UK

Wheelchair user with car stuck at Luton Airport misses meetings and funeral

Andrew Miller, with his husband, Tim Meacock (Andrew Miller)
Andrew Miller, with his husband, Tim Meacock (Andrew Miller) Andrew Miller, with his husband, Tim Meacock (Andrew Miller)

A wheelchair user whose vehicle was parked in a Luton Airport car park when fire devastated it earlier in October said he is still without his bespoke car, and as such has missed in-person business meetings and a funeral.

Andrew Miller, 56 from Northamptonshire, parked his automatic Citroen DS 3 on the ground floor of Luton Airport’s Terminal Car Park 2 in the blue badge parking zone on October 8, before taking a trip to Ireland with his husband.

They returned to the airport on the afternoon of October 12, and Mr Miller, who has a complex spinal condition and has always been a wheelchair user, said there was no-one from the airport or APCOA, its parking provider, to give him information on how to return home.

In response to Mr Miller’s situation, a spokesperson for London Luton Airport had offered “sincere apologies” for any distress or inconvenience caused.

Now almost two weeks later, he said his situation has not changed, with no information given about the state of his vehicle, the back of which he can see in the car park in photographs.

Luton Airport fire
Luton Airport fire Andrew Miller’s Citroen DS 3 which is ‘bespoke’ to his access needs (Andrew Miller/PA)

He said his insurance company instructed a car hire company to find him a courtesy vehicle, but they have been unable to do so.

“I’ve had no courtesy car and no ability to get mobile, meanwhile I’ve had to pull out of attending in-person business meetings, I even missed a colleague’s funeral, as a consequence of not having my own car,” he told the PA news agency.

“My partner has taken time out to accompany me to several events in Manchester and London last week.

“For many disabled people, like me, personal independence is everything. You take away our cars, you take away our independence and our ability to lead our lives.

“My independence has been completely taken away by this fire.”

Mr Miller, a broadcaster, cultural consultant and disability campaigner, said his insurance company got in touch to offer a “derisory and frankly mean” £100 in lieu of a courtesy car.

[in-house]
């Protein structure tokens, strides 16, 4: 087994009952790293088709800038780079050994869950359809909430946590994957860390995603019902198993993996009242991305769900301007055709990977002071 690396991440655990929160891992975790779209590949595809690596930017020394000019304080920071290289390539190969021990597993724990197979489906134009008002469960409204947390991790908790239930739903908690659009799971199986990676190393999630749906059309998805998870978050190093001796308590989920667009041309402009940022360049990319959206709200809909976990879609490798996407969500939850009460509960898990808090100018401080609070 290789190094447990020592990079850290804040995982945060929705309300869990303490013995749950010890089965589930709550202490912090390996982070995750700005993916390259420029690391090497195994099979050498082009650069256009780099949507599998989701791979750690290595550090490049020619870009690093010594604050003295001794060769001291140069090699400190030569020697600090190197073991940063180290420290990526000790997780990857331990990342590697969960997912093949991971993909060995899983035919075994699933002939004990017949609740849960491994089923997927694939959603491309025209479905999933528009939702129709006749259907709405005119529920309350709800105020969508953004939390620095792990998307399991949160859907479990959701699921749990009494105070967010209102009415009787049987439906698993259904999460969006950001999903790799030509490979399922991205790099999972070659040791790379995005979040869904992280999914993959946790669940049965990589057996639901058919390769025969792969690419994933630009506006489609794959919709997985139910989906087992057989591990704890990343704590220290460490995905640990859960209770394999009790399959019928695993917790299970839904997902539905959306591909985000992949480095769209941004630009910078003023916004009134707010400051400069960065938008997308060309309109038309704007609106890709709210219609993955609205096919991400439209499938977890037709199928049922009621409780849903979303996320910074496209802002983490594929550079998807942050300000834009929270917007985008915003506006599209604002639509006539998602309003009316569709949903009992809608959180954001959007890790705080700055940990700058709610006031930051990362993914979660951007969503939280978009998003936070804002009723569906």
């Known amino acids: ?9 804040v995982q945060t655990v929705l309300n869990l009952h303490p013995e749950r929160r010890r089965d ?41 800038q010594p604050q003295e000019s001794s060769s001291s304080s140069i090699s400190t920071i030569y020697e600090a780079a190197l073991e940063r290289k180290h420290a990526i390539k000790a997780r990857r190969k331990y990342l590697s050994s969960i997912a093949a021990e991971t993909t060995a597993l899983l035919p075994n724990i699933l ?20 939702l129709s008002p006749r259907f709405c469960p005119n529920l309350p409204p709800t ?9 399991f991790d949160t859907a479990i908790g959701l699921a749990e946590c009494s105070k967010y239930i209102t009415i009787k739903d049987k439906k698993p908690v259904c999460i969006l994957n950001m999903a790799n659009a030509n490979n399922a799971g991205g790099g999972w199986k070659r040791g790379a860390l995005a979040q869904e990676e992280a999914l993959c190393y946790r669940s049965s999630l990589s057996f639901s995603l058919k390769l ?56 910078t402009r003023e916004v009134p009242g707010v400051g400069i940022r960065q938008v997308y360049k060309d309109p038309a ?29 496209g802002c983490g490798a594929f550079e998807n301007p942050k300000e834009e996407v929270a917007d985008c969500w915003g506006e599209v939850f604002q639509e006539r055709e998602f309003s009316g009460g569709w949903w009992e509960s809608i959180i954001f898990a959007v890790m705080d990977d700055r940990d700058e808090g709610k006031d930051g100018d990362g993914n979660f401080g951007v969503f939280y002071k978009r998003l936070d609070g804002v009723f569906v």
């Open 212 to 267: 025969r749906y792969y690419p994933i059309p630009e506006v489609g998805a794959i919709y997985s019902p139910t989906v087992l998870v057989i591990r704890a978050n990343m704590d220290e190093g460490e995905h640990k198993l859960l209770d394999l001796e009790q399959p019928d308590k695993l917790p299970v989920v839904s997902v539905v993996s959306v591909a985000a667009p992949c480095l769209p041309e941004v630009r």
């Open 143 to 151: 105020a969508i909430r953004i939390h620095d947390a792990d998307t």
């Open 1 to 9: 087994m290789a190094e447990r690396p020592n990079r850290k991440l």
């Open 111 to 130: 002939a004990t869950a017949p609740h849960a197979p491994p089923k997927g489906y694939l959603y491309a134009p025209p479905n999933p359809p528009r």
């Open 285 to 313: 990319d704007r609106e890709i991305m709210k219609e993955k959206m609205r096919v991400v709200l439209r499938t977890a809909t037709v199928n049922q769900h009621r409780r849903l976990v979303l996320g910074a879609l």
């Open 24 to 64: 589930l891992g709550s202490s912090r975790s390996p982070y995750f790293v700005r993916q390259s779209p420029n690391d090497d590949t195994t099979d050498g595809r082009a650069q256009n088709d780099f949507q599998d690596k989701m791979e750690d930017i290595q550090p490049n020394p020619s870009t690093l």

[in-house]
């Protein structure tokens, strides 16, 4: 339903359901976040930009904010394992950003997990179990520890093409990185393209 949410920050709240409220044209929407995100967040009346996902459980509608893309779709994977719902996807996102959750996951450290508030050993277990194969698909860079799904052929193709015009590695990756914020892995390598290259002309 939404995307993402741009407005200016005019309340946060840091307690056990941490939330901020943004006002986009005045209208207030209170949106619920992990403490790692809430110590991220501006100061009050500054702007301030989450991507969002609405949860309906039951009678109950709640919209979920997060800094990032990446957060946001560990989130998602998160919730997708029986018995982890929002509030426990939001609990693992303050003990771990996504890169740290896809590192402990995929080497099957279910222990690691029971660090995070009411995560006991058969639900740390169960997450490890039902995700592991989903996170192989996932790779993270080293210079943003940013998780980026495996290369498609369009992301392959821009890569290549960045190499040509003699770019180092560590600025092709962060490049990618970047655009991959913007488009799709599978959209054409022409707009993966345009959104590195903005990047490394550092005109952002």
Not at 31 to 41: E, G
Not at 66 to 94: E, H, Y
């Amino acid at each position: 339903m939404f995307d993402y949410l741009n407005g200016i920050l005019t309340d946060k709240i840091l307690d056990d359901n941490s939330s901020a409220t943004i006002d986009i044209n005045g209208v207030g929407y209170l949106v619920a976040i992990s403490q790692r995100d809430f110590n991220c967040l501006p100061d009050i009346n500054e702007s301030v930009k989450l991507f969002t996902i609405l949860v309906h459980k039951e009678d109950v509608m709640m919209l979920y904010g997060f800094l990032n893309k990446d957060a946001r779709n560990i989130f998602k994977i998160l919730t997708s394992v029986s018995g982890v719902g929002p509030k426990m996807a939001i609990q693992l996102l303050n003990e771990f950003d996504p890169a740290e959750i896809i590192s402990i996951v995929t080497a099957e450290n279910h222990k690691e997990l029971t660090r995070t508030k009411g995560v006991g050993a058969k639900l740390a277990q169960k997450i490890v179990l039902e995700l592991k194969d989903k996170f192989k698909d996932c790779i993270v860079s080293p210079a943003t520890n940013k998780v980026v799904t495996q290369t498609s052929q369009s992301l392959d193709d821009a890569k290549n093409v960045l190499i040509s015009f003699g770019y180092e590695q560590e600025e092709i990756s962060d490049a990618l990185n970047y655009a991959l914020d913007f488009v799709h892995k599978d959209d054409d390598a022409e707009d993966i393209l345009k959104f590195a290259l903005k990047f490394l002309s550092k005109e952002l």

He said he has received the generic updates from the airport regarding the incident, but has had no bespoke communication regarding his car or situation, tweeting the companies involved with no response.

Luton Airport fire
Luton Airport fire The scene at Luton Airport after a fire ripped through level three of the airport’s Terminal Car Park 2 (Jordan Pettitt/PA)

He said: “It’s abundantly clear that the processes that have been put in place to support drivers involved in the Luton fire have not included any plans to support disabled people with bespoke needs.

“It’s quite extraordinary how little support anyone has offered in this situation, I’ve basically been left to sort it all out myself.”

Mr Miller said that if he is forced to find a replacement car, he will then have to get the hand controls fitted, which cost £500 to replace and take a week to put in.

The result is that he is having to make further arrangements so he can meet his commitments, restricting his flexibility.

“I can’t be spontaneous in anything that I’m doing,” he said.

“I’m very, very restricted. So if my doctor rings up and says, ‘we’ve arranged some antibiotics for you’, I can’t jump in my car and go and get them. I have to get my partner to go and do that for me.

“That’s robbing me of mobility, it’s an independence that I would normally have.”

Neil Thompson, operations director at London Luton Airport, said: “We know this has been a distressing time and we have every sympathy with all those affected.

“We have always been clear that most cars will be unsalvageable. From the outset, customers have been advised to contact their insurer and we have worked hard to provide all the required information so insurance companies can progress claims as quickly as possible.

“We continue to provide our customers with regular updates, but as the car park remains unsafe, we are unable to provide information about individual vehicles. We are pleased to hear that many claims have already been settled.”

A spokesperson for APCOA said: “Due to the instability of the car park structure which was severely damaged by the fire, unfortunately we still don’t have access to it. As a result, we have been unable to provide any customers with bespoke information about their individual vehicles.

“APCOA and London Luton Airport have tried to keep all customers informed as the situation has evolved by sending regular email updates and publishing detailed information and guidance on our websites and social media.

“All customers have been advised to contact their insurance company to progress a claim and the relevant information has been provided to the insurers to support that process.

“We have every sympathy with all customers who have been affected by this major incident.”